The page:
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Usually the first stage of a design sprint, UX Research focusses on asking questions using a variety investigative techniques to deliver actionable insights which the team can then use to design a solution. While it may sound academic, UX research as Ben Ralph says is "less of being a scientist and more of being a detective".
Rather than giving you a crash course ourselves we believe Ben Ralph has already done a fantastic job on it and highly recommend that you read it here:
Before you try to think about which user research method you wish to use, we believe it is important you make yourself aware of each method through this cheatsheet made by the Nielsen Norman group, the industry leaders in providing UX insights.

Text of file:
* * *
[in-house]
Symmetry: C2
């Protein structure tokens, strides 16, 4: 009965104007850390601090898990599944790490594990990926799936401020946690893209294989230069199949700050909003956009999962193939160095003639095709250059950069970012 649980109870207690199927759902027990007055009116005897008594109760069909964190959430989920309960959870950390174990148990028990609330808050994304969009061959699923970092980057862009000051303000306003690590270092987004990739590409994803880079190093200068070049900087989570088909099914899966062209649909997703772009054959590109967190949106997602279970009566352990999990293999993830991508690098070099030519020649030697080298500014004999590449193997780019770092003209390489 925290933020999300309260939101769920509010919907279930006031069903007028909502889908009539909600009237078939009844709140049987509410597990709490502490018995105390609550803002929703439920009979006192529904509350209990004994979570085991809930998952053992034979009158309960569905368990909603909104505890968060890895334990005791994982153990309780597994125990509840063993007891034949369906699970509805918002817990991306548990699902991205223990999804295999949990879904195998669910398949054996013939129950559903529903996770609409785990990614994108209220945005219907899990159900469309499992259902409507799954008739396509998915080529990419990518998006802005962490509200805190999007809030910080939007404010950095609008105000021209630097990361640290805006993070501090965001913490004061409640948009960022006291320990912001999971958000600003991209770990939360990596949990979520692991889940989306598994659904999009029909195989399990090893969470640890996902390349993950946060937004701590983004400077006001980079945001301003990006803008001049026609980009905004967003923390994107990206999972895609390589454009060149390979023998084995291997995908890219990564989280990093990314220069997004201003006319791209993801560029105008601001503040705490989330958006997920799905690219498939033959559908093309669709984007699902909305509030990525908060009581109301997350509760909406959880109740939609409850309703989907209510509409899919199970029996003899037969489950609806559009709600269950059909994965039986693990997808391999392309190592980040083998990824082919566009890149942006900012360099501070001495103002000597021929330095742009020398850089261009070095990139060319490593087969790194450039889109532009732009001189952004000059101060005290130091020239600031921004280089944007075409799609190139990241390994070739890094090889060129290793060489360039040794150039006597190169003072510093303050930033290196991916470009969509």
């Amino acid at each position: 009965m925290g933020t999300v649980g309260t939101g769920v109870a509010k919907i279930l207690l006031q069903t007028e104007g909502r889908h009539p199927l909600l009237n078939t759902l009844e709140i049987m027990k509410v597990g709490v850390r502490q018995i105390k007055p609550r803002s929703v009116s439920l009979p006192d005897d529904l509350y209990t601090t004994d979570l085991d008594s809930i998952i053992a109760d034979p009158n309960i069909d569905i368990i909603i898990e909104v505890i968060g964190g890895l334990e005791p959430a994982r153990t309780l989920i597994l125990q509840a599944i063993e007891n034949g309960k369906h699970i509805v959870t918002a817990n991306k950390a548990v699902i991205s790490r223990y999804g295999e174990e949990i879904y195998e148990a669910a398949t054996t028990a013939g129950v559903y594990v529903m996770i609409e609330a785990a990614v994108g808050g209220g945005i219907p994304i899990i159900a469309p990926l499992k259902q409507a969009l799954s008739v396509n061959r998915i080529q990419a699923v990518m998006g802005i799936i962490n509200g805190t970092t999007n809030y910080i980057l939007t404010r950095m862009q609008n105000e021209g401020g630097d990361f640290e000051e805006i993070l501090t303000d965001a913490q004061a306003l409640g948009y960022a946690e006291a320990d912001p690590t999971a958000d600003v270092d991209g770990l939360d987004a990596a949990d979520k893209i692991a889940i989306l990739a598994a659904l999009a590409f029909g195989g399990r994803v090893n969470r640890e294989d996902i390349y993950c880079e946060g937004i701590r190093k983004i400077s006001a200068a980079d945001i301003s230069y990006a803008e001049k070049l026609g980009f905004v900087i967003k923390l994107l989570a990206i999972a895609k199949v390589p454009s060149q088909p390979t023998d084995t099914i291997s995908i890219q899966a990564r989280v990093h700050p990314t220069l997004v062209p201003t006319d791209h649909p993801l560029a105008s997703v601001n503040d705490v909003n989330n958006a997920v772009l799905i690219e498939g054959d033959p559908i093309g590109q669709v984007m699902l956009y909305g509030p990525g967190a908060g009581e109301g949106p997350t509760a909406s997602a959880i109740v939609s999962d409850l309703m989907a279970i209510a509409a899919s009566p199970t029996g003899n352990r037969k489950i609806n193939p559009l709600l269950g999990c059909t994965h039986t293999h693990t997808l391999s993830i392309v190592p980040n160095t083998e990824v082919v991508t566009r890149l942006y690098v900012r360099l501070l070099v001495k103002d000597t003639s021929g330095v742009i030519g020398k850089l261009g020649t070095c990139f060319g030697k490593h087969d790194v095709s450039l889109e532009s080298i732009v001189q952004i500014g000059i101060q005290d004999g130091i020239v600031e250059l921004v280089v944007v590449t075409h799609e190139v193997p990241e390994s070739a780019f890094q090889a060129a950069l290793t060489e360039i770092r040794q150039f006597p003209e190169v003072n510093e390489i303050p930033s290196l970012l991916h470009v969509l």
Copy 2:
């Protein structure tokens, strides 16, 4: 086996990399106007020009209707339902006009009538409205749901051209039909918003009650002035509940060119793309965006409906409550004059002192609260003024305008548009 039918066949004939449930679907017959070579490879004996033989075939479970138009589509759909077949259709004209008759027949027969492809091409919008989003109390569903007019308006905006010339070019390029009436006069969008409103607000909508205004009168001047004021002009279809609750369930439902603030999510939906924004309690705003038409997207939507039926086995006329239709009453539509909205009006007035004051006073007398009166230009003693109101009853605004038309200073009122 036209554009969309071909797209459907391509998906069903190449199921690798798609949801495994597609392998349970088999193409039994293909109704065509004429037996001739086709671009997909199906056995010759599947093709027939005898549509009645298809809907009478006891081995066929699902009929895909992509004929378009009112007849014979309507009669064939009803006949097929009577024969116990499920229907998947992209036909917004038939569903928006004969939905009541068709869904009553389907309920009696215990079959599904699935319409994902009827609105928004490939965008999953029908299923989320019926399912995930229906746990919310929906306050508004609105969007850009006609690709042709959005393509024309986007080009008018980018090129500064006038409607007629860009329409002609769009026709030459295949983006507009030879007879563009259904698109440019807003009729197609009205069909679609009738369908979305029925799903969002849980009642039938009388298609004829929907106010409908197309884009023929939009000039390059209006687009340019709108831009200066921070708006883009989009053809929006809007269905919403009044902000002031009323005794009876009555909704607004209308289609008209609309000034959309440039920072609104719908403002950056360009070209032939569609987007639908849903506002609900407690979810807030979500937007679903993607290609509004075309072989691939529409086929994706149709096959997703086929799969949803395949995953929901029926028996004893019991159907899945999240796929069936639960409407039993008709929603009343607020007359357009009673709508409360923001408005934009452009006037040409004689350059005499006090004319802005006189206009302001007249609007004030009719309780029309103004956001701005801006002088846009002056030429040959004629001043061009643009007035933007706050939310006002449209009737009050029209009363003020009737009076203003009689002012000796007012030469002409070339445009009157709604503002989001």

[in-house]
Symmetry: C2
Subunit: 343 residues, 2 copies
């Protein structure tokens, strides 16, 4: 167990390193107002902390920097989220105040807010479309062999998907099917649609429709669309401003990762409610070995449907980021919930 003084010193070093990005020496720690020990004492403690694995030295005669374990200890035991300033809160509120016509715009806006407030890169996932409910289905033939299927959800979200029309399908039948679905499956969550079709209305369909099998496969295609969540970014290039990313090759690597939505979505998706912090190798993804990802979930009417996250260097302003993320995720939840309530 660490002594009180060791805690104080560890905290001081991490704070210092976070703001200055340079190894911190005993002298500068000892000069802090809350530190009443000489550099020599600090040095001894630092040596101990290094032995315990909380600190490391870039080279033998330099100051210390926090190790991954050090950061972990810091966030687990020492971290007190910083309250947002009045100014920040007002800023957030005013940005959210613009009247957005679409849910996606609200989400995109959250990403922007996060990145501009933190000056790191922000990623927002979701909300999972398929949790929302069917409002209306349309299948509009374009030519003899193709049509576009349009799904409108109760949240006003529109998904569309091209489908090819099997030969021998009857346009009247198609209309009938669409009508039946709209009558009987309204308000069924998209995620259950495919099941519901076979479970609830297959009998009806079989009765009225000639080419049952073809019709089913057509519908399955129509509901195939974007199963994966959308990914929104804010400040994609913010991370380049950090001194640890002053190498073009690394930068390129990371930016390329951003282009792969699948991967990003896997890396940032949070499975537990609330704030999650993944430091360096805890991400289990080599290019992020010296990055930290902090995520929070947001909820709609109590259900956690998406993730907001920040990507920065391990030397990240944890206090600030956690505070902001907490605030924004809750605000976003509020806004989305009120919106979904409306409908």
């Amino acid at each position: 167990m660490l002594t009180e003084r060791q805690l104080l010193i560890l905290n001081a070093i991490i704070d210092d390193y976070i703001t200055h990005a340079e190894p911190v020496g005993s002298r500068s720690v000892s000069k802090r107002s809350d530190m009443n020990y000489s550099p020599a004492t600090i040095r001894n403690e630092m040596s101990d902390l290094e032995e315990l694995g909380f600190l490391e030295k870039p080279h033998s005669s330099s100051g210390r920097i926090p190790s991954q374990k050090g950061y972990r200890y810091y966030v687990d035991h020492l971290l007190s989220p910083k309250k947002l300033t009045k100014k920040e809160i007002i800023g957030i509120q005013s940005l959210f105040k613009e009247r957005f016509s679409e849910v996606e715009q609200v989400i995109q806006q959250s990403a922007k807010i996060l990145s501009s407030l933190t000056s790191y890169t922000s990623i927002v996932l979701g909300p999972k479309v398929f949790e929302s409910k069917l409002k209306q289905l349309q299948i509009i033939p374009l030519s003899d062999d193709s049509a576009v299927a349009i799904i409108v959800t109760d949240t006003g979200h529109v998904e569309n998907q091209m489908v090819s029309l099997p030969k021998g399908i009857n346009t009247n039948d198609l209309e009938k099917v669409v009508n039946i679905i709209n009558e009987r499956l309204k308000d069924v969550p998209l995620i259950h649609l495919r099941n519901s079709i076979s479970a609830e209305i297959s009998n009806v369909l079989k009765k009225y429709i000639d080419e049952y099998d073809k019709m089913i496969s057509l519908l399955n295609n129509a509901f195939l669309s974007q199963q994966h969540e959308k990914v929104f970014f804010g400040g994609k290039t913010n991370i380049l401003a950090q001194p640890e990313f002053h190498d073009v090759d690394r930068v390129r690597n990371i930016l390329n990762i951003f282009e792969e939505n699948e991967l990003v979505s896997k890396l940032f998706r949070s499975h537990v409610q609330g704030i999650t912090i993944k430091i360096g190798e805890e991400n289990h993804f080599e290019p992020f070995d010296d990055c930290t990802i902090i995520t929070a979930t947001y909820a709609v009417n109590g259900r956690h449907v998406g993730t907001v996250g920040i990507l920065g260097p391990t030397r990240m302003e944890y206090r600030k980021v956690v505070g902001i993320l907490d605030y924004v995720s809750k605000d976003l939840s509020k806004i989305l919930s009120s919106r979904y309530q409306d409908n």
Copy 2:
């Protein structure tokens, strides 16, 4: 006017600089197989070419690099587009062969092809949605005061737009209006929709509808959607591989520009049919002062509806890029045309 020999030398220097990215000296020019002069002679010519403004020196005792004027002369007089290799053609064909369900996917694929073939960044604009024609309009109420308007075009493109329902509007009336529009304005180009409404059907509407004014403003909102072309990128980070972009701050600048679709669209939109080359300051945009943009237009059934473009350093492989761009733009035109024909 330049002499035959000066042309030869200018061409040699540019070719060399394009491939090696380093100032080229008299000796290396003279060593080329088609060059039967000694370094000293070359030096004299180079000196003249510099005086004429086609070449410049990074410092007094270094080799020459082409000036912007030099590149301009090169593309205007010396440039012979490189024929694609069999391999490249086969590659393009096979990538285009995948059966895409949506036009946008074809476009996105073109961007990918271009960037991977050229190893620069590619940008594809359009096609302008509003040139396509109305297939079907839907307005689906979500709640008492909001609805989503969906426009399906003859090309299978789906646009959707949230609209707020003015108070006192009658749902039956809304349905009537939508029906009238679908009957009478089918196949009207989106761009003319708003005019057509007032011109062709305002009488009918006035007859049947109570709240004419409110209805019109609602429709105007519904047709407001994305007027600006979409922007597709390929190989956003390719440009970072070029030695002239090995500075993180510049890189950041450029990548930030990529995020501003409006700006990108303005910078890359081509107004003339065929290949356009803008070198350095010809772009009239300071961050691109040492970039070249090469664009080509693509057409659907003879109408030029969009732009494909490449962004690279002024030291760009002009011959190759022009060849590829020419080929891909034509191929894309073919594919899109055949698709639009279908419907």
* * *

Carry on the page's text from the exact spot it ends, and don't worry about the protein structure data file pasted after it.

When doing UX research, it is important to understand it is impossible and more importantly not necessary to use each user research method to gain insights. You instead need to focus on creating a plan with a goal and accordingly using that to select which method to use. In succession, to the cheatsheet above, this article by the Nielsen Norman group highlights how to go about this selection process.
Without a plan, things can go haywire very quickly. In the articles below you will learn how researchers make the perfect research plan consisting of five elements: the goal, the research questions, the method, the participants, and the protocol.
The insights you collect in one design sprint is not just relevant to the current project you may be doing. It could end up being relevant to a future project and may even eliminate the need for research to be done again if the insight already exists. Therefore it is important to build a UX research system as highlighted in the article below.
Now that you have an understanding of UX Research you are ready to explore the UX Research books, activities, methods, and articles we have curated together to accelerate your research process.